4.27 p.m.

Baroness Macleod of Borve

My Lords, I too should like to thank my noble friend Lady Seccombe for her interesting speech. We all learned a great deal from it. I also thank my noble friend Lord Alexander. I learnt from him about all the workings of his bank and the strides that he is making.

My contribution will be different from that of other noble Lords. I may be taking the wrong line, but at least I shall be talking about women. I shall talk about widows. For the past 20 years I have been the national president of the National Association of Widows. There are 3 million widows in this country, and 500 women lose their husbands every day. That means that there are many women who may not have a great deal to do and who need a great deal of encouragement. They are women of all kinds, ages and backgrounds. They have all done different things during their careers. They all share one thing: they have all lost the man whom they loved and that brings them together.

Those women can be used—I mean in the nicest way—to help our country. They have all been through the traumatic experience of losing their husbands and so they have a unique understanding—I say that advisedly—of other people's problems. Of all the women throughout the country whom I know, I am aware that they know more about other people's problems than any other sector of our population.

I hope that women can be used in the future as conciliators. The noble and learned Lord the Lord Chancellor has let it be known that we shall need many conciliators to help young and sometimes older people through the traumatic division of their family life. They may have to go to court for a divorce they may need help in avoiding going to court for a divorce they may just need a shoulder to cry on. Those people have trouble with their marriages. I suggest that, because of the experience of these women of all ages, they should be asked to help the conciliation services. When I say "asked", I mean it. Few women will think that they are good enough to become conciliators for anyone else. Therefore, I suggest that employers should go out and find women who are understanding enough to know about other people's problems.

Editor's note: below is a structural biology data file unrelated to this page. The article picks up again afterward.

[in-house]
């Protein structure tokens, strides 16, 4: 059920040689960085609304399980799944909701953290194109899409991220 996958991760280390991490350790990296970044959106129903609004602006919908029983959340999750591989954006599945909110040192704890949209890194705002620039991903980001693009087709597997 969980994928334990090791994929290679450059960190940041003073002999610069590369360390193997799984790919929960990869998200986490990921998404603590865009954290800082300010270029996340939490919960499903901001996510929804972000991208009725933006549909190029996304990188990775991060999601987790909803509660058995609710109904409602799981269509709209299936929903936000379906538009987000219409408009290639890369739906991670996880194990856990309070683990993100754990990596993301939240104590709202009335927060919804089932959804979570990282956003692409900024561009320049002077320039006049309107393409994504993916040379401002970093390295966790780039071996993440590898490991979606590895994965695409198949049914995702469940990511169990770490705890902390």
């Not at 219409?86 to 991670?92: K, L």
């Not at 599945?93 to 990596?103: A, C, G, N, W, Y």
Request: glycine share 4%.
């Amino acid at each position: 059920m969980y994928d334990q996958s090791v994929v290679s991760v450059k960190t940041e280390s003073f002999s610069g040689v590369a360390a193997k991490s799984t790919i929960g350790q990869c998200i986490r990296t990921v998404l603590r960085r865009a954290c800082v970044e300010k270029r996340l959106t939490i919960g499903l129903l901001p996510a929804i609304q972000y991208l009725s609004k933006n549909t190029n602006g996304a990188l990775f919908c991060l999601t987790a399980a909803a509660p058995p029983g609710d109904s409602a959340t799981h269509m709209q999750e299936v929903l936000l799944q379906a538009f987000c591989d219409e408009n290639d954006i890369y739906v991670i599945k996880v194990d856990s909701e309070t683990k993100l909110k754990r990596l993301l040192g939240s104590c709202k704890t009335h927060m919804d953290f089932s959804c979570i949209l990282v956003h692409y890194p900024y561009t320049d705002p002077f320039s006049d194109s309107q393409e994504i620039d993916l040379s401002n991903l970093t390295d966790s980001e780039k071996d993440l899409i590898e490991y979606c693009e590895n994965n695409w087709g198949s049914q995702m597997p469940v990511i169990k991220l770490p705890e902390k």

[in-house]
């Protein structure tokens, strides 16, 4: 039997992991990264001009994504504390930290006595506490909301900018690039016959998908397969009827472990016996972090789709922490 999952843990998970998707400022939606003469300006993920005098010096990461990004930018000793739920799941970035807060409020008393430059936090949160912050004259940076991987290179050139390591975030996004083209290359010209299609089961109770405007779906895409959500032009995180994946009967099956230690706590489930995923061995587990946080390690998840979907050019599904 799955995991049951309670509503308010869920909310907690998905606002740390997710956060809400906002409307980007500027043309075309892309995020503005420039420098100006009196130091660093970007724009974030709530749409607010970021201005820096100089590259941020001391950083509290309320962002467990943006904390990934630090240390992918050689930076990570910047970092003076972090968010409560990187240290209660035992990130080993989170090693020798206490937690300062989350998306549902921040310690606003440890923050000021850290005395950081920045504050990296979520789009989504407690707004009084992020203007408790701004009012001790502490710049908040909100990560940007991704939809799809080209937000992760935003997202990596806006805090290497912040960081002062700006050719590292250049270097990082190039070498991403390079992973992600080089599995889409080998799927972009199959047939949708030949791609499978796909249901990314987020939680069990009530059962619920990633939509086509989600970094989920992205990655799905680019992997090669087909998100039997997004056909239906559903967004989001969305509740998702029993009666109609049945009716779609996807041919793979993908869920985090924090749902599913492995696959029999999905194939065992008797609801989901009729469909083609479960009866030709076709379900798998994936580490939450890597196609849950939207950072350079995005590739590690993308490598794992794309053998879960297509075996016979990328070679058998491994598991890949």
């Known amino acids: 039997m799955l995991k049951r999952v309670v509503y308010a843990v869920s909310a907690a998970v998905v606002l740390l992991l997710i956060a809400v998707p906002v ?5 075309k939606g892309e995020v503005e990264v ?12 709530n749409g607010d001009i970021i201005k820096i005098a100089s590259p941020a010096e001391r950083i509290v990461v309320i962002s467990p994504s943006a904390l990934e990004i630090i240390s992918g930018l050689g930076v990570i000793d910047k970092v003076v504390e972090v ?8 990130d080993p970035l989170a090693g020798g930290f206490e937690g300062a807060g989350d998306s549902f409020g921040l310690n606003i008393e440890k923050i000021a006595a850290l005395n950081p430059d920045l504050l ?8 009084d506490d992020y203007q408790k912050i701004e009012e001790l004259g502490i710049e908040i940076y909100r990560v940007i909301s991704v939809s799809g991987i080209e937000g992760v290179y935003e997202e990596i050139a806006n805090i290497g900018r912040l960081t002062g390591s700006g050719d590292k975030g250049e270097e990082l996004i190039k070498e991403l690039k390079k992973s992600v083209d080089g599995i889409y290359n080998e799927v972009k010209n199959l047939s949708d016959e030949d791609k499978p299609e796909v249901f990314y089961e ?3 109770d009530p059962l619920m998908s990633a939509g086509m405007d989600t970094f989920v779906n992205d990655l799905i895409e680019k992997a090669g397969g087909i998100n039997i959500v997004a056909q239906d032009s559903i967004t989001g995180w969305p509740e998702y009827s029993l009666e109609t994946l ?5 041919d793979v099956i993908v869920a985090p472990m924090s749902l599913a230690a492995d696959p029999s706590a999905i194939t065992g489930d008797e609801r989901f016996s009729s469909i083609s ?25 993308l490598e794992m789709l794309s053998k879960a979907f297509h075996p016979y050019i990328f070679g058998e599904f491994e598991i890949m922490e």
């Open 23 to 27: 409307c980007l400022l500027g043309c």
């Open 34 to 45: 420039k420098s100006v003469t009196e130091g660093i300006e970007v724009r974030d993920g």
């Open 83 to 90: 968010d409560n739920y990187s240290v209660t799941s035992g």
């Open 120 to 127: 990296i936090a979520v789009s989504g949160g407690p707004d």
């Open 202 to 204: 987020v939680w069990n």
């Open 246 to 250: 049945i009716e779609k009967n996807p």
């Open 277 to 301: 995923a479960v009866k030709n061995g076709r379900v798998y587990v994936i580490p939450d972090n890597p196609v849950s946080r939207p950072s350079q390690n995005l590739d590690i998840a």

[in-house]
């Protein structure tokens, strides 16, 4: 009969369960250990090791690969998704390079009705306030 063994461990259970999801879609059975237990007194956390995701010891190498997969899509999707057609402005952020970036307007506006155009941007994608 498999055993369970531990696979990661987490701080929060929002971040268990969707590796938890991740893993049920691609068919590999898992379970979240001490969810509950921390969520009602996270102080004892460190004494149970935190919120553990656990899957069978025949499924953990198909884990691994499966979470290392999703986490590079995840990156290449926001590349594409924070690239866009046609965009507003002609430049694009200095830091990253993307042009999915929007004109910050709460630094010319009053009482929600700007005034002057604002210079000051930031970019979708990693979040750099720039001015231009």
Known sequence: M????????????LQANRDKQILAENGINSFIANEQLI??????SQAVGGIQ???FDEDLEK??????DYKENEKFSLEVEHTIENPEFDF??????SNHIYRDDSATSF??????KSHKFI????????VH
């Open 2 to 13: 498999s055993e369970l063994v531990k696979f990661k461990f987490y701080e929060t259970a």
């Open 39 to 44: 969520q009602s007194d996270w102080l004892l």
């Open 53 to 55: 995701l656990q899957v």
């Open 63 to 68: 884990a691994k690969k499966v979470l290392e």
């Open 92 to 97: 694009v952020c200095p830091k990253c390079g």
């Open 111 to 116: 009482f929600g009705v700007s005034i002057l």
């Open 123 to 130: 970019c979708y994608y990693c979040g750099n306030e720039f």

The 3 million widows are of all ages. Unfortunately, the job market has the impression that a widow must be over 70 or 80. People do not realise that a widow can be as young as on her marriage: in other words, she could be 18, 19, 20 or older. Unfortunately, there are a great number of such widows and they need encouragement and help. I realise that most noble Lords are talking about women in the job market who have to earn a living. Most of the women whom I come across in the National Association of Widows are in that group. They go out to work, when an employer will give them a job. If they have children it is important that the employer should give them an opportunity to look after those children.

Another job which I believe is important for those who have had the experience of losing their husbands is being a grandmother. I expect that most people think that being a grandmother is an automatic part of family life. I disagree. Grandmothers play an important part in our social sphere in this country. We should realise that one family in four splits up, often with deeply unhappy children. To whom do the children turn? They turn to their grandmother. In many cases it is the grandmother who has to bring up deeply disturbed and unhappy children. If the grandmothers have the right understanding of what the children are going through, they can bring them up for the parents who should have done it in the first place. Grandmothers have a great part to play in the social structure of our country. I urge all those in employment, and those who employ people, to seek women who are widows and who have the understanding and courage to try to meet the world without their husbands. Employers should give them extra encouragement in all that they do.

I know that I am way off beam because everyone is talking about people who have jobs. Finally, I would like to quote George Bernard Shaw who said: I cannot bear men and women". I do not agree. I like them both.

4.34 p.m.

Lord McColl of Dulwich

My Lords, I too wish to thank my noble friend Lady Seccombe for initiating this important debate. As she has already mentioned, in the National Health Service, of the 1 million employees, three-quarters are women and they are making an increasingly important contribution.

The recent reforms provide more opportunities for women to flourish. There are more nurses today than ever before and more doctors, a greater proportion of whom are women; 50 per cent. of medical students are now women.

Some years ago a graduate of Guy's Hospital was appointed as one of the deans of St. Bartholomew's Hospital and given the job of selecting the medical students. He was so overwhelmed by the brilliance, ability and charm of the women candidates that the intake of women rose to 30 per cent. This led to the rumour that there had been a conspiracy on the part of Guy's to sabotage Bart's chances of winning the rugger championship.